I started out going to write a few interesting stories. Nevertheless, as I sat in my state of forced thoughtfulness due to yet another severe cold, an idea came to my mind. It has been there for a month now, and my down time has helped to enlighten some of those ideas. A caveat - this may be a bit deep, but I'm not apologizing for that at all.


​In this modern era, we view time in unique ways. For example, "Time is money." Time runs out; we don't have enough of it; we need to cram more in and seize the day. We hurriedly rush about, and I have often thought of the Shakespeare line "full of sound and fury, signifying nothing" while driving in to work. We place a great deal of emphasis on speed and being fast. Watch how people drive in traffic or behave when their flight is delayed and you will quickly see my point.

While there is not room here, studies have been done that show fast driving only gets you there a few minutes earlier at the most, raising crops and food faster may take away its flavor and nutritional value, and speed often compromises quality. Fast food actually has a ton of addicting calories, and adding a salad to ease a guilty conscience does not improve the content of your meal. It potentially makes it worse for you! The list could continue on for quite a while. Even exercise with its new 30-minute workout need a balance with a little intensity, but the speed skating team for the Netherlands? The team that carried away the majority of the medals at the last winter Olympics? The majority of their training stayed under a specific heart rate, and that wasn't a rate up in the 170-180s!

We place value on things we can get fast.

The faster, the better.

We place value on things we can get exactly the way we want them.

​Company slogans cater to this. Sales and advertising emphasizes this. Churches act like savvy businesses. Methods of learning claim to be "fastest." In a digital age with everything at our finger tips, even faster speeds are possible. Why slow down? Your brain and body love the rush of moving so fast, making decisions instantaneously. It is addicting. The most difficult time for students in higher education (myself included when I was there) is immediately after exams when one goes from intense cramming speed to vacation's nothing. Is it possible to unplug?

The more I read, the more ludicrous it seemed...and the more sure I was that I couldn't be that way. (You can feel free to laugh at that!) Who would speed and endanger lives just to get to a job a few minutes earlier? And many dislike their jobs at that! I certainly would never do that, and I didn't make a fuss in airports over delays. I considered myself a patient person, but the more I observed, the more I saw ways in which I was not. I expected things to happen quickly. I expected some things to come easily. My driving speed tended to be like those around me. I could get irritated when something slowed me down. I started adjusting and slowing down, going for quality over quantity.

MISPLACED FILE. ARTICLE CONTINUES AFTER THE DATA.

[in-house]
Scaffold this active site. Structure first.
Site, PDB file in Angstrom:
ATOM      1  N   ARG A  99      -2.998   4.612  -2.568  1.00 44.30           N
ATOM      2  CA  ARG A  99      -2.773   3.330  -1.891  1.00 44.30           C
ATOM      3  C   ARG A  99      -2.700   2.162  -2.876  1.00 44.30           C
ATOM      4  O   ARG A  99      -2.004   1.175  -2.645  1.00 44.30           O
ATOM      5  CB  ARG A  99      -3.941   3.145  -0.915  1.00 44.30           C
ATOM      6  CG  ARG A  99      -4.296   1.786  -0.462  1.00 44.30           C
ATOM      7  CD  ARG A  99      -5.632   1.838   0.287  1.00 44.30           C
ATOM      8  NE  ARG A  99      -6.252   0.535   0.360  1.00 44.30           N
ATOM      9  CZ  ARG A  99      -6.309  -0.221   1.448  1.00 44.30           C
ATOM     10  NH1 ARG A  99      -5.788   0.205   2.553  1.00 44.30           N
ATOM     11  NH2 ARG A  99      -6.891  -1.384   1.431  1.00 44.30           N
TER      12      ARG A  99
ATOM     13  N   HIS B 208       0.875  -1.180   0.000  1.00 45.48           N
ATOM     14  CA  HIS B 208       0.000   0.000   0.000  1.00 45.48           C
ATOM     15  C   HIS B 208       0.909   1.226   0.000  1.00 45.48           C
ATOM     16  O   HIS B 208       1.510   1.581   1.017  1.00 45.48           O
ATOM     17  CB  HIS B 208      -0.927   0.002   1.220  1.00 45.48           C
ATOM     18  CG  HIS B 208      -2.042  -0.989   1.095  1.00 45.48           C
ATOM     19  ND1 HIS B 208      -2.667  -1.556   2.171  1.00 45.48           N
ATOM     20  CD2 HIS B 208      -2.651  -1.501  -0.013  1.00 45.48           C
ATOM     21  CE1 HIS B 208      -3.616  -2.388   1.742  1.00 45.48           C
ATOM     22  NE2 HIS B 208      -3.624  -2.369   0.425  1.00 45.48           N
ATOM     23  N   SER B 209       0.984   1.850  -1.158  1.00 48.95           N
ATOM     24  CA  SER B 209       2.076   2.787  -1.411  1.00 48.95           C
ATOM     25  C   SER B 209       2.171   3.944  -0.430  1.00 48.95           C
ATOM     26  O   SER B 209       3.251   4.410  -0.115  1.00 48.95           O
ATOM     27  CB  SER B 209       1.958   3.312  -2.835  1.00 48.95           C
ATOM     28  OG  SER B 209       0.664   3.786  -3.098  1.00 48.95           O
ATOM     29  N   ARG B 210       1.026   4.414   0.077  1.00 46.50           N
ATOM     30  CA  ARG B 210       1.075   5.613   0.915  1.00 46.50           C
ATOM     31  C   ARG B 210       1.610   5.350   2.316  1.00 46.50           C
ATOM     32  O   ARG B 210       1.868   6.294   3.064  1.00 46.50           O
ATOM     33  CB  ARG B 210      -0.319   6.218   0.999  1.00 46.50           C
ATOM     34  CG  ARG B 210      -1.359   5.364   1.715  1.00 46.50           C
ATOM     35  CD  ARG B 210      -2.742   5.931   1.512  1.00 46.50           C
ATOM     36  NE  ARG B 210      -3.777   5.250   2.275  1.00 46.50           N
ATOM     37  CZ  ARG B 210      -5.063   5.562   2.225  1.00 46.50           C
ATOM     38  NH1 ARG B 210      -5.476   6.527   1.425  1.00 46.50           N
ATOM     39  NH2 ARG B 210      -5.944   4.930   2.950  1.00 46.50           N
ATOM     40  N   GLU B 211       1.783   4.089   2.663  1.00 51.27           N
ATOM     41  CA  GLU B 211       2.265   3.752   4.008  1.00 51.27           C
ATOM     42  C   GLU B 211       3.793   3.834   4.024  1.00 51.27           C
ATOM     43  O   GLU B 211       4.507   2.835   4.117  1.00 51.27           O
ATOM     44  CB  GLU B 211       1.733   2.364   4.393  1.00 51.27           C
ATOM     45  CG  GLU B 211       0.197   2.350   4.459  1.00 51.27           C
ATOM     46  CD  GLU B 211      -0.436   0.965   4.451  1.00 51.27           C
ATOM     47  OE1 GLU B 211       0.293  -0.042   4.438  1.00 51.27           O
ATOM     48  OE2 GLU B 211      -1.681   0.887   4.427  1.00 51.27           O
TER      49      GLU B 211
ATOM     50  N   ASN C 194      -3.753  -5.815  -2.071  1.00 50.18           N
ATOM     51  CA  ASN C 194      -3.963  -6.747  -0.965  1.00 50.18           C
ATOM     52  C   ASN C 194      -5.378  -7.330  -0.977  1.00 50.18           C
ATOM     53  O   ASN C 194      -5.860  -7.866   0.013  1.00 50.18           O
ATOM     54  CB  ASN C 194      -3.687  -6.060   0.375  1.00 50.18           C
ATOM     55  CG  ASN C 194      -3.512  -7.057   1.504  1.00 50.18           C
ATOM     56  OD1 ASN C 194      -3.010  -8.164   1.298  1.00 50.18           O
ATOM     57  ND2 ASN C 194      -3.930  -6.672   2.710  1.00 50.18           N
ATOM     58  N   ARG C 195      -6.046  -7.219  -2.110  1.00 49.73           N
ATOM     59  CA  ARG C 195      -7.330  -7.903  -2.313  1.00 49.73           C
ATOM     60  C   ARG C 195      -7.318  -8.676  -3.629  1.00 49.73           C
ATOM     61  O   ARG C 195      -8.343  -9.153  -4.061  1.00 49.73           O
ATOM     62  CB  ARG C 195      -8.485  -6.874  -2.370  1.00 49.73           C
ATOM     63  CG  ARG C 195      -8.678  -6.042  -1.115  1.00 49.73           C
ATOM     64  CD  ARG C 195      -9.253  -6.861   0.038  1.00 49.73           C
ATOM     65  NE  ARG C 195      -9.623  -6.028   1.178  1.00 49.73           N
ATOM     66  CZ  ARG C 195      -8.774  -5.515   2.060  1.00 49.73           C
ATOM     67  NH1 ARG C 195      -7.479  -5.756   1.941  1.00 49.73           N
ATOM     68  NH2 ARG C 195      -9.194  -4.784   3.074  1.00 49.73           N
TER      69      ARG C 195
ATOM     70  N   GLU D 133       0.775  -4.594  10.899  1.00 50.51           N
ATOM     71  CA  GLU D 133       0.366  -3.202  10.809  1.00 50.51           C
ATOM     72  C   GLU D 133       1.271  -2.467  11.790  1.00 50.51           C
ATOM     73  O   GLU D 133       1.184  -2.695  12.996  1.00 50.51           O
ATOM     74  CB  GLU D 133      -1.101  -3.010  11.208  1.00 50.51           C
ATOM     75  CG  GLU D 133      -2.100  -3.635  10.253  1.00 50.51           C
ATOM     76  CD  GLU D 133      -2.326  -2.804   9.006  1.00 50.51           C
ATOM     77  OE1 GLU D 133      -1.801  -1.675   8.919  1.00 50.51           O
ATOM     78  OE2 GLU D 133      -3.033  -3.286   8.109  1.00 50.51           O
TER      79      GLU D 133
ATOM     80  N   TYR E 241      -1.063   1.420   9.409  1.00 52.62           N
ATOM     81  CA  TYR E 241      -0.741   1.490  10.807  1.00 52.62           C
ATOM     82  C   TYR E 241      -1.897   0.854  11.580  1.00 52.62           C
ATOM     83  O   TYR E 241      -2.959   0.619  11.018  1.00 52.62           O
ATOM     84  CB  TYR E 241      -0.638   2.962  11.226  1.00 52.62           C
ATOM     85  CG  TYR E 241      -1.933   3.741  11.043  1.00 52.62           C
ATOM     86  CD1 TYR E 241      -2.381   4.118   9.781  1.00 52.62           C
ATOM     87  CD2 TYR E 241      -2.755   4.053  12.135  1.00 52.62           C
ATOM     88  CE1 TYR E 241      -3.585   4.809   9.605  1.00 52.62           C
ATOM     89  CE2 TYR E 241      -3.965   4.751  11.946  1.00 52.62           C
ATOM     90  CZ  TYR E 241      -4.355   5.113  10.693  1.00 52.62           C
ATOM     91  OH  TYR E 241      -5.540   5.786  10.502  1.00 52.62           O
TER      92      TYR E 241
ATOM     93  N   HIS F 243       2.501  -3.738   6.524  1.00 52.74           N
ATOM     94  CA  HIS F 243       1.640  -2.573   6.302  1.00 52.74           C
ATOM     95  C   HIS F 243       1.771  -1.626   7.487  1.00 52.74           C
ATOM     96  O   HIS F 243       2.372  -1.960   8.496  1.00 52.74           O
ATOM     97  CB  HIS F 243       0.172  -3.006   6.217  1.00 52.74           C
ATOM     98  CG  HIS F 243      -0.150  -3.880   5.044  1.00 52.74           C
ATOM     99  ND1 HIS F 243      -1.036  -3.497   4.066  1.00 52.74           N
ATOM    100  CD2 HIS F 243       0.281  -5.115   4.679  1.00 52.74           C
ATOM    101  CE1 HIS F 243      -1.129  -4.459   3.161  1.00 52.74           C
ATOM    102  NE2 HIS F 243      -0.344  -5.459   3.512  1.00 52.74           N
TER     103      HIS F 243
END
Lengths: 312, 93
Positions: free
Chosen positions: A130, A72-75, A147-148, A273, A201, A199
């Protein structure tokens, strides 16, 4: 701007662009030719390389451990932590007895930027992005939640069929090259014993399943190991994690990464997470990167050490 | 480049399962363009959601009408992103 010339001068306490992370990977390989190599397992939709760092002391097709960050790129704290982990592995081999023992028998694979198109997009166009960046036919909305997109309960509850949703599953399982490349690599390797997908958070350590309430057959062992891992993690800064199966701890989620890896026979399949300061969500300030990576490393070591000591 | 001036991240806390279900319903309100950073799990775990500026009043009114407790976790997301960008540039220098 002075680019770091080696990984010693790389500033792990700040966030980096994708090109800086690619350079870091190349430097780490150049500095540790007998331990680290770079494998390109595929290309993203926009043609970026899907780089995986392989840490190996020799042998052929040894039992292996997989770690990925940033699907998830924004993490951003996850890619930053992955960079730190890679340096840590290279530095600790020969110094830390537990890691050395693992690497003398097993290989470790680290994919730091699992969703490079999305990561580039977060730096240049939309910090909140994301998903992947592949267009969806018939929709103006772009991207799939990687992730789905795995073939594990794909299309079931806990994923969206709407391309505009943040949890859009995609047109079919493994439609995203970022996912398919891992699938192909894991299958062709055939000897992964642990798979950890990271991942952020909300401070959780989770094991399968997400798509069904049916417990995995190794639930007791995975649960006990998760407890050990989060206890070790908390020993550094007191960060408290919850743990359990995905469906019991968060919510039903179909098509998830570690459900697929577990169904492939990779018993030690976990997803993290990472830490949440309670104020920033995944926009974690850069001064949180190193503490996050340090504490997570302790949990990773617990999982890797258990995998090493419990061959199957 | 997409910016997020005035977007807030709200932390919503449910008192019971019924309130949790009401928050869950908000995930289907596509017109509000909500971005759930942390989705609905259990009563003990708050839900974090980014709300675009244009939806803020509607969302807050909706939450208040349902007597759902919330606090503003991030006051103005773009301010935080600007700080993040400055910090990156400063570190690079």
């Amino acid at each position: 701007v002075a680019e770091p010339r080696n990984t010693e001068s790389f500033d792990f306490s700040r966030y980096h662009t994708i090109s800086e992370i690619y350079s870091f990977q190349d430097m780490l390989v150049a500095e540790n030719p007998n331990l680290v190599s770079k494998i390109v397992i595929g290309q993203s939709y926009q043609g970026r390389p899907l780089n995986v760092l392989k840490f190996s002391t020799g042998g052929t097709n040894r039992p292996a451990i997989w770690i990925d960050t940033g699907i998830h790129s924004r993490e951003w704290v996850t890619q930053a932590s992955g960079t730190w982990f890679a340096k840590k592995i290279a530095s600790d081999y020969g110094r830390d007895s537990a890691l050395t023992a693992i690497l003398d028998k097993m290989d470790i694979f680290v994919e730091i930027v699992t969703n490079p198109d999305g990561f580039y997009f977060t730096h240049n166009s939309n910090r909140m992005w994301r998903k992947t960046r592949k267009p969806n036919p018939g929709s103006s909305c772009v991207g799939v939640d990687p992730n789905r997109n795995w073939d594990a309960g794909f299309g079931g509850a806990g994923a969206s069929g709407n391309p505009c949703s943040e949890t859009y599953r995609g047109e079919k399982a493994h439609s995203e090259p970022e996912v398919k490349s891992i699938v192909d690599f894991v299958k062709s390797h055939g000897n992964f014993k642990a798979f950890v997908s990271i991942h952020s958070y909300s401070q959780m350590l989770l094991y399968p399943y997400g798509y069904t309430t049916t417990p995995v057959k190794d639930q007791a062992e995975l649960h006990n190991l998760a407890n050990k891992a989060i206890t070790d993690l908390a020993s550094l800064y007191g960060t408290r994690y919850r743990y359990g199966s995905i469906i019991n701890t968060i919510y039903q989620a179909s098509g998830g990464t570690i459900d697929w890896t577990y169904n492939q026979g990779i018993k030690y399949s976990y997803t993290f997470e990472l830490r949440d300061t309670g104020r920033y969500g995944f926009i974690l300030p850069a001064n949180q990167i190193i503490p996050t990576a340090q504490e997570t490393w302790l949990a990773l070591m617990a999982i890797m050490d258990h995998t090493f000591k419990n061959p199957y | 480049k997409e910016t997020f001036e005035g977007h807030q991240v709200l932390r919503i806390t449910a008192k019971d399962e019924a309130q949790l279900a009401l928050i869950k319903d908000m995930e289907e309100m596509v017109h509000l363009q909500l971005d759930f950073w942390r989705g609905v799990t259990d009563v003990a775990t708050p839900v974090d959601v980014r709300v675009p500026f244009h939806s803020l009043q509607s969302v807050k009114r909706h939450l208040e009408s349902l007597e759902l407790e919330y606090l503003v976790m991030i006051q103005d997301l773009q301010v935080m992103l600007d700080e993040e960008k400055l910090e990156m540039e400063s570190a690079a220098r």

Not that I'm saying you should never go fast. There is a time and place for everything, but our brains do need time to slow down and process. That is a scientific fact. Speed does have its costs. For me, I had no time to be creative, exercise, think, breathe. It was all too much. Even if I was walking somewhere, my brain was still in overdrive, so I took to intentionally developing this new mindset. I wanted to absorb, digest, and process instead of having jumping and running as my default.

I began wondering in what other ways I might be addicted to "faster is better."

One thing immediately came to mind. It surprised me.


​Next on its heels was meditating.

I would ponder things briefly, come to a quick decision about what needed to happen, then ask God for it. There were the requisite "thank yous" and a few sentences of "talking" but the heart of where I was going was always the list. That was the core motivation. Always. It was humbling to realize I wasn't as patient as I thought I was, but it was more crushing to realize that God communicated to me while I never truly communicated back.

I thought back to all of the prayer meetings and prayer groups I'd ever been a part of....surely it couldn't all have been that way. Sadly, they were. The group would get together and make the list of requests and then pray for them. It was expected that God would just give it to you. If someone had a prayer request multiple weeks, it was assumed that they must be praying for it wrong or not sincere enough. We rarely prayed for something more than three weeks in a row unless it was a sick family member.

Longer and slower is not necessarily better. This post is not meant to be a rant. It is a reflection. With what attitude do we approach prayer and life? Am I willing to wait or hear "no"? Can we "be still and know" we even remember how? Perhaps even more compelling, are we willing to slow down and take that kind of time to develop the relationship? It is easy to forget things and push them aside when you're going fast. It can be easier to try to cram more in to solve your own problems instead of praying. And it is so easy when praying to check off your list and wait to receive the goods.

Life has many components. Speed and quick decision making are a part of that, but only a part. Are there ways I can be more intentional with my time, ways I can focus on developing deeper connections and relationships, ways I can be still and remember my Creator now? "Faster" and "now" are insidious and sneaky. I want to notice them more.

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